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Former Argentina coach Carlos Bilardo, a man famous for his ruthless approach and gamesmanship, was in the middle of a row on Wednesday involving a bottle of water, Brazil and the 1990 World Cup.

Bilardo appeared to imply in an interview with a Buenos Aires magazine that Argentina offered Brazil's players a bottle of water which had been drugged with a tranquilliser as the South American rivals met in a 1990 World Cup tie.

"I'm not saying it didn't happen," the controversial coach known as Big Nose told the magazine Veintitres.

However, as Brazilians, believing that Bilardo had confirmed what they had long suspected, were calling for action to be taken, the coach later denied the episode in an interview with Brazil's Estado News Agency.

"Not this again," he was quoted as saying.

"I don't know anything about it," added Bilardo, who led Argentina to World Cup victory in 1986. "These magazines always put what they want."

"Since then, I've spoken to Falcao, Casagrande, Junior, Dunga, (Carlos Alberto) Parreira, (Luiz Felipe) Scolari .. and nobody said anything about it."

The incident ranks alongside Argentina's 6-0 win over Peru, which took them to the 1978 World Cup final on goal difference at Brazil's expense, as one of the great controversies in the tournament's history.

Brazil were dominating the second round match, which was played in stifling heat, when an Argentine player went down injured in the second half and the team doctors and physiotherapists came on to the pitch.

The Argentine players took advantage to drink some water and some of their opponents, including leftback Blanco, came over to share some.

Argentina, who went on to reach the final, sneaked a late breakaway goal to win 1-0. Two days afterwards, Branco said that he had felt dizzy after drinking the water.

Brazilian Football Confederation (CBF) general secretary Marco Antonio Teixeira said: "This is an extremely serious fact .. we're preparing a dossier."

Brazil's current coach Carlos Alberto Parreira said he found the story difficult to believe but said the incident should be investigated.

"It's something that needs to be better looked into," he told reporters. "I find it difficult to believe that a coach of Bilardo's standing (should be involved)."
 

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im not so sure about that story. one thing im sure about is that whether it happened or not, it didn't impact the game. brazil played quite well in that game. brazil lost because of the missed opportunities
 

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SAO PAULO, Brazil (AP) -- The Brazilian Soccer Confederation said it will ask FIFA to investigate the possibility that its players were drugged by their Argentine rivals during a game at the 1990 World Cup following a magazine interview in which Carlos Bilardo appeared to suggest the incident may have occurred.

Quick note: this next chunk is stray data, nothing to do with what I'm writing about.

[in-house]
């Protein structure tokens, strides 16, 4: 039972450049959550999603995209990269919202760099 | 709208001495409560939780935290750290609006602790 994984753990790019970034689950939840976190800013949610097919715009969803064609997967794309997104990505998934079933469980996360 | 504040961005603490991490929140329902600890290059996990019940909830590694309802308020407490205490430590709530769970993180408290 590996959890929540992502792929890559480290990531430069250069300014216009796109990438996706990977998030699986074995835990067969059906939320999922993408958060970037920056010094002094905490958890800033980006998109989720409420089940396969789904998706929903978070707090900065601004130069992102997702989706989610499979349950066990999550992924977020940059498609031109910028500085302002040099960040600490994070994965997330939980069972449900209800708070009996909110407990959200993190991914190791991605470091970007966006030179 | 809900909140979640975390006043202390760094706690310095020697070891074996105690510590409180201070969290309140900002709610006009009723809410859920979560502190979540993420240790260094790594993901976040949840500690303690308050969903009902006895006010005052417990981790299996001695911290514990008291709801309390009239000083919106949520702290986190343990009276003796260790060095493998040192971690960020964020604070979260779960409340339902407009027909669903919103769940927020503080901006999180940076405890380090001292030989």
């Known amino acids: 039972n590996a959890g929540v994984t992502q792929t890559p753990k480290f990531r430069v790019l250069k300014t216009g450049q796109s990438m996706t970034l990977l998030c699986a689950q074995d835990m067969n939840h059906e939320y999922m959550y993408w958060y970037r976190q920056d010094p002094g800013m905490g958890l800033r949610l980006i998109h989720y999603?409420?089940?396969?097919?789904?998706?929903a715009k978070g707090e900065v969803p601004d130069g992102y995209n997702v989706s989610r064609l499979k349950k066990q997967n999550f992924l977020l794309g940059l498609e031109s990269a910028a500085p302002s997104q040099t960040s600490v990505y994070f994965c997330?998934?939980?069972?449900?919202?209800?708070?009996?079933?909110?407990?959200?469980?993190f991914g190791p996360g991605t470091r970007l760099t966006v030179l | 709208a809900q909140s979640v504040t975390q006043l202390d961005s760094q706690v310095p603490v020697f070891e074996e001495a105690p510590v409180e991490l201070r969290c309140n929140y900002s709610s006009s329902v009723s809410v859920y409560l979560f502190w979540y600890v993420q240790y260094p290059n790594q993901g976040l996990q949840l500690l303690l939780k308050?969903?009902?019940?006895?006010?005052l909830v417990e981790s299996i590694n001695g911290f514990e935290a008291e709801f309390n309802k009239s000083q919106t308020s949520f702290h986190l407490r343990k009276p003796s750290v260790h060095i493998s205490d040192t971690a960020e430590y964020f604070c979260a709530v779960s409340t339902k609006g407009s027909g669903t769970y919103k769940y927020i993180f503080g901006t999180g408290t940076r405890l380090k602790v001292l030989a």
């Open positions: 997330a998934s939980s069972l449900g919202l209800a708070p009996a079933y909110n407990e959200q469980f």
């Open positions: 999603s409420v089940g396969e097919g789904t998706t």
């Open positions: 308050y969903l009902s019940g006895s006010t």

The story was widely publicized in Brazilian media after Bilardo, the coach of Argentina in 1990, was asked by a reporter from Argentine magazine Veintitres if his team offered Brazilian players bottles of water laced with tranquilizers during their second-round match.

Bilardo said he wasn't aware of the doping, but then added: "I'm not saying it didn't happen. I don't know, I don't know."

The interview made headlines all over Brazilian newspapers, causing an outburst of complaints against the Argentine rivals.

Argentina won the match 1-0 and went on to the final, where it lost to Germany in the tournament played in Italy.

On Thursday, Bilardo tried to downplay the interpretation of his comments, telling the Argentine daily Clarin his remarks were taken out of context.

"What a scandal, and it's all based on something I never said," he said. "I never put anything in anybody's water bottle."

Still, the Brazilian confederation said it will prepare a dossier to ask FIFA to "thoroughly investigate" the allegations, a spokesman said Thursday.

"We expect a harsh punishment by FIFA if someone is found guilty," Marco Antonio Teixeira, the confederation's secretary-general, told o Estado de S. Paulo newspaper.

Sebastiao Lazaroni, then the Brazilian coach, also called for punishment: "It's a shame, FIFA needs to set an example with this case," he told a local radio station.

Defender Branco, now a coordinator of Brazil's younger squads, at the time complained about feeling dizzy after drinking water offered by the Argentines.

"I talked about the possibility at the time, but nobody gave much attention," he told the Lance sports daily. "I could've been caught on a doping test and my career would've been jeopardized."

Clarin, the Argentine daily, said in a small story Thursday that the Brazilians inaccurately cited Bilardo's quote. It took to a creative headline on the magazine article: "I (almost) confess that I have used trickery."
 

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This ridiculous, FIFA should take a position ASAP. If it's true, then it's a truly disgraceful act, but why would tehy tell us in the first place?
 

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They didn't 'tell' us, Maradona mentioned the story in an interview, laughing his ass off about how smart they were to do it to us... he actually takes pride in being dishonest, respecting the opponents and rules clearly was never part of Diego's priorities.

So the whole thing was only brought back to light because one of the people involved in promoting that sham didn't think it was something he needed to hide, and decided to brag about how he got away with it. :wth:
 
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